Published By Tenzin Saldon

UN Experts Question China’s Discriminatory Policies in Issuing Passport for Tibetans. Photo/Human Rights Watch

Dharamshala: A group of UN experts sought additional information and comment from the Chinese government on its “two-track” passport issuing system that systematically discriminates and obstructs Tibetans from acquiring passports.

The experts have raised their concern yesterday, just on the day that the UN Committee on the Elimination of Racial Discrimination has started reviewing anti-discriminatory practices in China.

In a 5-page joint written communication that the experts have brought to the attention of the Chinese leadership, the experts have expressed their “serious concern over the policies and legislation of the two-track passport system specifically targeting and discriminating against members of the Tibetan minority”. The experts have also raised China’s restriction on Tibetans’ freedom of movement as well as travel outside the region in the exercise of freedom of religion.

“This passport system, currently in place, restricts Tibetans’ freedom to movement and has also prevented them from exercising their religious beliefs, particularly with regard to those attending the teachings of the Dalai Lama in other countries”, said the experts in the written intervention.

The experts raised series of issues including the Chinese authorities forcibly summoning Tibetans, who had travelled to attend the teaching of His Holiness the Dalai Lama to return to their respective areas within the stipulated period. Those who failed to comply the order were threatened to face severe consequences with families. The experts also expressed their concern about “passport seizure and the failure to re-issue passports of Tibetans”. Furthermore, the experts also noted their “grave concern” caused by the “interrogation, arrest, detention and conditions of detention of numerous Tibetans in relation to the passports system and travel for religious purposes”.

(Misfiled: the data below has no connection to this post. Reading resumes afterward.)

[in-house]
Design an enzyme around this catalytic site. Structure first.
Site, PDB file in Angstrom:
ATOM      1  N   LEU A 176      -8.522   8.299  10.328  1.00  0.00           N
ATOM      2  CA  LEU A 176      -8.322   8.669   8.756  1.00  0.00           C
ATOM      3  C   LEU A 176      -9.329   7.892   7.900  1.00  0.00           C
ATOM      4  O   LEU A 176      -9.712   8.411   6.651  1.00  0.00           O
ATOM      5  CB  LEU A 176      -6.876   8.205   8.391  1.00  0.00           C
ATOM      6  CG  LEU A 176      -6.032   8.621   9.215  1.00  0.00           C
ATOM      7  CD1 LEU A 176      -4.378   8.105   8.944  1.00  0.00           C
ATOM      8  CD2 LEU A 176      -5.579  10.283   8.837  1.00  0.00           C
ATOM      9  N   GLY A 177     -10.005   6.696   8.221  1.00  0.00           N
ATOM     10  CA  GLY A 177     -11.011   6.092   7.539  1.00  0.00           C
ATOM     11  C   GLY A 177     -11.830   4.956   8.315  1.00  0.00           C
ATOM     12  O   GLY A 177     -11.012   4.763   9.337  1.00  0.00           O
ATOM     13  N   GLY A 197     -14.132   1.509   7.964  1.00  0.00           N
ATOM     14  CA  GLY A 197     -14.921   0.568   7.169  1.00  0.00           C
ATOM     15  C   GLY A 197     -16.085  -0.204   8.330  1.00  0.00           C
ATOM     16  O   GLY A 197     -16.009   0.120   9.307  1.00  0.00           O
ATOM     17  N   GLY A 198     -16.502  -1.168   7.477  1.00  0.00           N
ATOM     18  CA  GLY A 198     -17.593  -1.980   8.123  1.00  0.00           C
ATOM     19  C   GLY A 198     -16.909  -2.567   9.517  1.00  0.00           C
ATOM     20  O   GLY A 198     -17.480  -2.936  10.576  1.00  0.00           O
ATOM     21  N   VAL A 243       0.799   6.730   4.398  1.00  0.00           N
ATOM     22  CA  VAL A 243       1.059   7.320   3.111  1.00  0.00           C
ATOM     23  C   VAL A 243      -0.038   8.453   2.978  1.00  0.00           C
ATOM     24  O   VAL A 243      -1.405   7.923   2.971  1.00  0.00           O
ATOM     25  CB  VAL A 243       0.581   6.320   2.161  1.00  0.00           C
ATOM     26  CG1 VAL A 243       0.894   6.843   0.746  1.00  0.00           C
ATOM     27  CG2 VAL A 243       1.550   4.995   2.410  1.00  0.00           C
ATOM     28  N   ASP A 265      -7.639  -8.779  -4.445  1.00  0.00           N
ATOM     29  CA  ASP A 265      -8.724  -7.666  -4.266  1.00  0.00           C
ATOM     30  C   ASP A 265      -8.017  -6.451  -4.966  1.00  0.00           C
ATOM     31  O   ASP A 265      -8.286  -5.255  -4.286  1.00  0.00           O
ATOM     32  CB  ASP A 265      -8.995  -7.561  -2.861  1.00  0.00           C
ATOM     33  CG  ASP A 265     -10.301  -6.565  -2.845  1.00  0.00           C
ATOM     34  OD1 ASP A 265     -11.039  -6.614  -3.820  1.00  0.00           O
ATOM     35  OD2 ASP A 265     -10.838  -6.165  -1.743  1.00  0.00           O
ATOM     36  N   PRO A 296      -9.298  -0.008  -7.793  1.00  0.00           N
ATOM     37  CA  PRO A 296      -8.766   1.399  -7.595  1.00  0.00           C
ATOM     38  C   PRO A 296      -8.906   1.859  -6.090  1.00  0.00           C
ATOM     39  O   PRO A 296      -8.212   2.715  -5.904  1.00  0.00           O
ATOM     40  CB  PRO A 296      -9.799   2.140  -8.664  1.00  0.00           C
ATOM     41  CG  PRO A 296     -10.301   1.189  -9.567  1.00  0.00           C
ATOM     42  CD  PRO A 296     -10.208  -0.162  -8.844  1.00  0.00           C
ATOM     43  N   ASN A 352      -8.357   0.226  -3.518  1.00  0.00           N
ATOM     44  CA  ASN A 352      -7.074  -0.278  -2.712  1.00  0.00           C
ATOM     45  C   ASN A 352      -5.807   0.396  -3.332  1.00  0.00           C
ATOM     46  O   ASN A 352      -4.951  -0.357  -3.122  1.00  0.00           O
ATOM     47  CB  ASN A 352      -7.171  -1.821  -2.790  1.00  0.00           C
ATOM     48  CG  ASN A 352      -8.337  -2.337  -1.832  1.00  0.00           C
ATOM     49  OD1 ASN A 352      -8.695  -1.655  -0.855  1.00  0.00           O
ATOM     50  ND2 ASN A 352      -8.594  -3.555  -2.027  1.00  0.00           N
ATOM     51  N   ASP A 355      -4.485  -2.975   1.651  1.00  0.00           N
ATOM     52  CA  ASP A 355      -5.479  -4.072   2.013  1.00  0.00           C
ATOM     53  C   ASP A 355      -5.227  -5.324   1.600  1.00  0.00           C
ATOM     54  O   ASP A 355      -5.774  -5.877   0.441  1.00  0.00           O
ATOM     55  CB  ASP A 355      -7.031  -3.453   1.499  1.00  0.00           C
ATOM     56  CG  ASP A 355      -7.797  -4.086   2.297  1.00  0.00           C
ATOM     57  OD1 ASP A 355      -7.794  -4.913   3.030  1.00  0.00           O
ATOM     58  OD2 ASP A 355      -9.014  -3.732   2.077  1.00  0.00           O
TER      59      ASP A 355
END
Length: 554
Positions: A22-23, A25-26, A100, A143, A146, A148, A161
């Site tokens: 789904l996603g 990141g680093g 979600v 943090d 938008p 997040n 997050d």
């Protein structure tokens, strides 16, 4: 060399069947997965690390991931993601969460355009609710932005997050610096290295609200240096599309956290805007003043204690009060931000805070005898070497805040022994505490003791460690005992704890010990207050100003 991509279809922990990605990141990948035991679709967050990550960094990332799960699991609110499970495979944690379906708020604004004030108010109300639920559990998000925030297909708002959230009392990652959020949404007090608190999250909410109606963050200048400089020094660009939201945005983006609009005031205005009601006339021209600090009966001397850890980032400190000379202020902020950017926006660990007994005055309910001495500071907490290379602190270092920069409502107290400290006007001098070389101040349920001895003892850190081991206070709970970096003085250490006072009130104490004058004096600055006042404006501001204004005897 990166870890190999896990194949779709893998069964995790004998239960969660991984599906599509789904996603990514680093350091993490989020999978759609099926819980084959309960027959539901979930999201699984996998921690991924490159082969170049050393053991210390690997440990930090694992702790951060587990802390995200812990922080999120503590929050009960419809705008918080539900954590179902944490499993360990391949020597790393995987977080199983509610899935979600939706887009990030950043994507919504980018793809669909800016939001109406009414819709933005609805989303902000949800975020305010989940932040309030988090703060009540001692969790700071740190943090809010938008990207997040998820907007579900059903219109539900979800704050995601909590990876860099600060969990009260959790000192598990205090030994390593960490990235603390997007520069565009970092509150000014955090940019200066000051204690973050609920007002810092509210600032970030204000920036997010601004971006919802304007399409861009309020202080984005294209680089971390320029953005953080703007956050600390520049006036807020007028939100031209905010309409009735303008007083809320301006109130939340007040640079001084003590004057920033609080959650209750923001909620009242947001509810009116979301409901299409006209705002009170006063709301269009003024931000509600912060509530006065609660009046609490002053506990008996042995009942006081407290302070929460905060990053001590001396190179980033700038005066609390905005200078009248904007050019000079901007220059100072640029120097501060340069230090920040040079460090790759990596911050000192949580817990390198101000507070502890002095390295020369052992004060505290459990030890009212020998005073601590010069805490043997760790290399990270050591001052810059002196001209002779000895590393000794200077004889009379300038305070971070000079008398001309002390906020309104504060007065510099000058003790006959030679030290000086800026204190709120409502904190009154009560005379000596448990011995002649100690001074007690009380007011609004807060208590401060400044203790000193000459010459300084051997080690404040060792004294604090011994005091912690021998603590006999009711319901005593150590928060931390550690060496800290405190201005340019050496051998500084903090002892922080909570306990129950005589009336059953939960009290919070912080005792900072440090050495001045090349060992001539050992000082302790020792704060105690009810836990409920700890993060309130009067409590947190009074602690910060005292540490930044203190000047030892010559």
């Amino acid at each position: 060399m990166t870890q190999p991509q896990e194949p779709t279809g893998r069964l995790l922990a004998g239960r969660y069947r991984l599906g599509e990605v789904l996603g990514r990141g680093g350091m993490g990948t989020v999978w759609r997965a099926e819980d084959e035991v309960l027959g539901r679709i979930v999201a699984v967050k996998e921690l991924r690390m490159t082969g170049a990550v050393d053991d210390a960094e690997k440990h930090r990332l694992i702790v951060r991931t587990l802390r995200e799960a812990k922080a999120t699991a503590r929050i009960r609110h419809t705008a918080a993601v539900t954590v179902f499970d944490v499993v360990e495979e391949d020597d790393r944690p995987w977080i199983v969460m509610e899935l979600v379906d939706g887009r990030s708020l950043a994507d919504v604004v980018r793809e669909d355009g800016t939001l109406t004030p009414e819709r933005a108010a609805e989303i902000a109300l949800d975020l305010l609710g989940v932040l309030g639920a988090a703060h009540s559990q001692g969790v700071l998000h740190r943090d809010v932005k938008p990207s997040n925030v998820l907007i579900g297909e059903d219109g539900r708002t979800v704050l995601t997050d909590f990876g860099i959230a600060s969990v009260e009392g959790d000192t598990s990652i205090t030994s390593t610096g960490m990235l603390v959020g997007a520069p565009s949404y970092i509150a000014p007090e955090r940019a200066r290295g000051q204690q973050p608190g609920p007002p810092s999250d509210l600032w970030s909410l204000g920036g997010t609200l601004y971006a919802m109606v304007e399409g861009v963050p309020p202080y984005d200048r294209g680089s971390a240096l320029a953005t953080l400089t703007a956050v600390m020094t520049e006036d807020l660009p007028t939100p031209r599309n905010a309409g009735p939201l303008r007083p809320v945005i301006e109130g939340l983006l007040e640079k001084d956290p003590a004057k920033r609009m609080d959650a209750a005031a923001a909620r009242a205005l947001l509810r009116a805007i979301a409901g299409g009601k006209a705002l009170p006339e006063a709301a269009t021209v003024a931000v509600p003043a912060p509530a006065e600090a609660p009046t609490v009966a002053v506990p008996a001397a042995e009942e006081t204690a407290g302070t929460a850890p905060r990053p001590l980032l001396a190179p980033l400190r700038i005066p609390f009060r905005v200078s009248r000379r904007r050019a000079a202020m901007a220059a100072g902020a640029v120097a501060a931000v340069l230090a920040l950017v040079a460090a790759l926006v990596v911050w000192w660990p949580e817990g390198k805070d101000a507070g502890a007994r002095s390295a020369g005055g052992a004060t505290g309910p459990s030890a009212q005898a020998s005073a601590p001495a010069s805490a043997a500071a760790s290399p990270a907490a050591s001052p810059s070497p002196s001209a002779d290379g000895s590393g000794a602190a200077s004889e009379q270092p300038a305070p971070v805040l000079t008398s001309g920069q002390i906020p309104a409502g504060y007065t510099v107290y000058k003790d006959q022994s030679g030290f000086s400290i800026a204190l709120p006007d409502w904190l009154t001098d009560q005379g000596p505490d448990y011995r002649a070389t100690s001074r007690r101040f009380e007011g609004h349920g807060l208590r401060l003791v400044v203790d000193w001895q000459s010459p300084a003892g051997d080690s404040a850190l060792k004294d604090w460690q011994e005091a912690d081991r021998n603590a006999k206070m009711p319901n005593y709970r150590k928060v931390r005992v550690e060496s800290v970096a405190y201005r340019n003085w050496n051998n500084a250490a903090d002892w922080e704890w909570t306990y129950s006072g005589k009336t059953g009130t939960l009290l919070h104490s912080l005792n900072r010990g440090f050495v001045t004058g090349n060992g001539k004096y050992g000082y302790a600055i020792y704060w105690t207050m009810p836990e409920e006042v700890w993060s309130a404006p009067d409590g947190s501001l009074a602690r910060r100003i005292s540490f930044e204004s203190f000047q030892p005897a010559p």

The discriminatory and difficulties in procuring passports for Tibetans due to state-backed “two track” passport issuing system in Tibetans areas is one of the main concerns that the Tibet Bureau and Human Rights Desk, DIIR have raised in their written submission to the Committee, July this year. Similarly, China’s monitoring and surveillance of Tibetans in Tibet through grid management system, travel restrictions, discriminatory practices in issuing passports was one of four pressing issues that were raised during a week-long UN advocacy work undertaken by the Tibet Bureau, Geneva and DIIR earlier this year and also in 2017.

Report filed by UN & Human Rights Desk, DIIR

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